The Boodling Boss And The Musical Mayor

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Or so it seemed. But the future was in fact brighter than any member of Older’s group could have dared to hope. Even in the middle of the fight, a new mayor had been elected, Dr. Edward Robeson Taylor, who was not only a leading physician but a leading attorney as well; although he had stood aloof from the graft prosecution, he was a man of unquestioned probity who could be relied upon to put an end to the thieving. Moreover, the proceedings in the various cases had been watched not only in San Francisco but throughout the state, where many people did not share the San Franciscans’ laissez-faire attitude toward crime. Hiram Johnson had become a hero by taking Heney’s place; he now ran for governor, with the blessing of Older and his friends, on a platform of “turn the rascals out”—the rascals including not only the San Francisco bribers but the fixers for the Southern Pacific Railroad and other great business organizations that were not above stooping to corruption.

Johnson was overwhelmingly elected governor, and re-elected four years later, going from that office to the United States Senate. As governor he put through a series of reforms, including changes in the electoral system, that ended forever most of the worst practices of the graft ring. Today, San Francisco has an honest government, and the business organizations (or their successors) that handed out bribes half a century ago would look with proper horror on any suggestion that they should now resort to the old tactics.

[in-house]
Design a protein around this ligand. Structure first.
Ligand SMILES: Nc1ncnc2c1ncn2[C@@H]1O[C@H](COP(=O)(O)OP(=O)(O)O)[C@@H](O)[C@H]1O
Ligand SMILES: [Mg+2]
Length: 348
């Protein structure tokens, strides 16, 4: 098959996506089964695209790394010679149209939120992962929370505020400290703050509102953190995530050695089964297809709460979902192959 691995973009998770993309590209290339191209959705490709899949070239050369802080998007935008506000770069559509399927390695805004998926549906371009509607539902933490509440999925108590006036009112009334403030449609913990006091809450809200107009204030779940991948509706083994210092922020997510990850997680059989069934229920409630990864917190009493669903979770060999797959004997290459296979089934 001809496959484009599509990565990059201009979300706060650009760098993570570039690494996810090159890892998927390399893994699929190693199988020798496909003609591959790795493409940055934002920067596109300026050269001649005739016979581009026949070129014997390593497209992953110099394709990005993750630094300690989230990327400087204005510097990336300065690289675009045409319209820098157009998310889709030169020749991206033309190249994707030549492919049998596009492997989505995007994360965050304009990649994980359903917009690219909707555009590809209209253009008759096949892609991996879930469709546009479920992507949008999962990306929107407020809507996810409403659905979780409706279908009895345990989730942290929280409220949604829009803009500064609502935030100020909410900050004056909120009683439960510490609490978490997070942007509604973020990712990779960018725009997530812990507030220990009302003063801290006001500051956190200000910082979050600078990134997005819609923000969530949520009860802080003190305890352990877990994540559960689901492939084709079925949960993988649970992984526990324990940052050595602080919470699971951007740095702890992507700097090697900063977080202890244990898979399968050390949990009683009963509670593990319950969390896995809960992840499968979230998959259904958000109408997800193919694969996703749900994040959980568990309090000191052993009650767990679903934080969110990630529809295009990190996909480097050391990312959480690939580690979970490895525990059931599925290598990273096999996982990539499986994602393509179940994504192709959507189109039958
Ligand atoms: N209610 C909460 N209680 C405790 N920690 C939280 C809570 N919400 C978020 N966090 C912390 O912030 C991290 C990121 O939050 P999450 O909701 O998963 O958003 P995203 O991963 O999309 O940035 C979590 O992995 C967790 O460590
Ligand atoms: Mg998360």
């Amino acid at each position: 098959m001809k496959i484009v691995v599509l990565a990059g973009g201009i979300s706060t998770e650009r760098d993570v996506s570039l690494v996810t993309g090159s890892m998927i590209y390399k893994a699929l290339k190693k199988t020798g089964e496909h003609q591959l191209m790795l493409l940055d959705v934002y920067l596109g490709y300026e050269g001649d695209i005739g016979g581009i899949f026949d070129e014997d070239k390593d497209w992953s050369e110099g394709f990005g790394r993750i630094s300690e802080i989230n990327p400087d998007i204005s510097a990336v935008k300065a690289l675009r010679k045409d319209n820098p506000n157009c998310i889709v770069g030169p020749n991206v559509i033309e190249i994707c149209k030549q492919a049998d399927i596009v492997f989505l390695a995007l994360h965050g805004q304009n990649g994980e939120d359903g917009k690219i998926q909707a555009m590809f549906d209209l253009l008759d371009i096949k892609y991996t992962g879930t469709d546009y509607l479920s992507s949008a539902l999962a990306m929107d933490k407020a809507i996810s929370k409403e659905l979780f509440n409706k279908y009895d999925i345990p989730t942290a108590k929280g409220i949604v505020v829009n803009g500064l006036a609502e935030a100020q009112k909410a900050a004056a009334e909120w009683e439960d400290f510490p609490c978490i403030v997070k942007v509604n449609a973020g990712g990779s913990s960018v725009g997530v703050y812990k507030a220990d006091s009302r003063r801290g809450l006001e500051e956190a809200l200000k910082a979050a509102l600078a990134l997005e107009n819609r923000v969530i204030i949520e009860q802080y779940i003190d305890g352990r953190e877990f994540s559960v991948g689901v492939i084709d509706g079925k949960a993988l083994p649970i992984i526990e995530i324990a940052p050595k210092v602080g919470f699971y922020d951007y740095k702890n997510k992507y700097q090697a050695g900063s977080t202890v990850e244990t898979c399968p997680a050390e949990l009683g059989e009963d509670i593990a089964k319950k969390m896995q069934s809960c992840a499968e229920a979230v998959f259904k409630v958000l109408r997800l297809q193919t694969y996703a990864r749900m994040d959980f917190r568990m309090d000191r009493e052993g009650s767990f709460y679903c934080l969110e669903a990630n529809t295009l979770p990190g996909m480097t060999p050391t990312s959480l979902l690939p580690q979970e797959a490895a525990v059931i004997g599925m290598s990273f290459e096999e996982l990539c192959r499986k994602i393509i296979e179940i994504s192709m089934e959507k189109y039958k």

Having finally put Ruef into prison, Older began to have qualms of conscience. He felt that the promise of immunity had been too cavalierly broken, that perhaps the community was more guilty than the little boss, and that Ruef had been made a scapegoat for many worse men. The editor now began a campaign in the Bulletin for Ruef’s release, but no one in a position of power shared his new-found Tolstoian attitude, and Ruef was not paroled until he had served a full half of his “net” sentence of nine years (after deductions for good behavior and for time in prison awaiting trial). His release came one month after it was legally possible—after four years and seven months.

In some other cases, Nemesis seemed to be at work. Fickert, a few years later, was discovered to have used a perjured witness to send Tom Mooney to prison, and his career ended in disgrace. One of the members of the state supreme court, who cast the deciding vote in some three-to-four decisions, was proved to have accepted a bribe of $410,000 a few years earlier in an important case involving the estate of a wealthy Californian, James G. Fair. Patrick Calhoun lost his fortune in land speculation, though many years later he partially recouped his losses in another city. Ruef, released from prison, went into the real-estate business and after some successes, went downhill into deepening poverty until he died bankrupt, a quarter of a century after he had gone to prison.

Ex-Mayor Eugene Schmitz fared better than any of his associates. He brazened it out in San Francisco for almost two decades; the city, perhaps remembering Steffens’ advice that the best possible official is one who has already been proved dishonest, elected him to several successive terms—on the Board of Supervisors!

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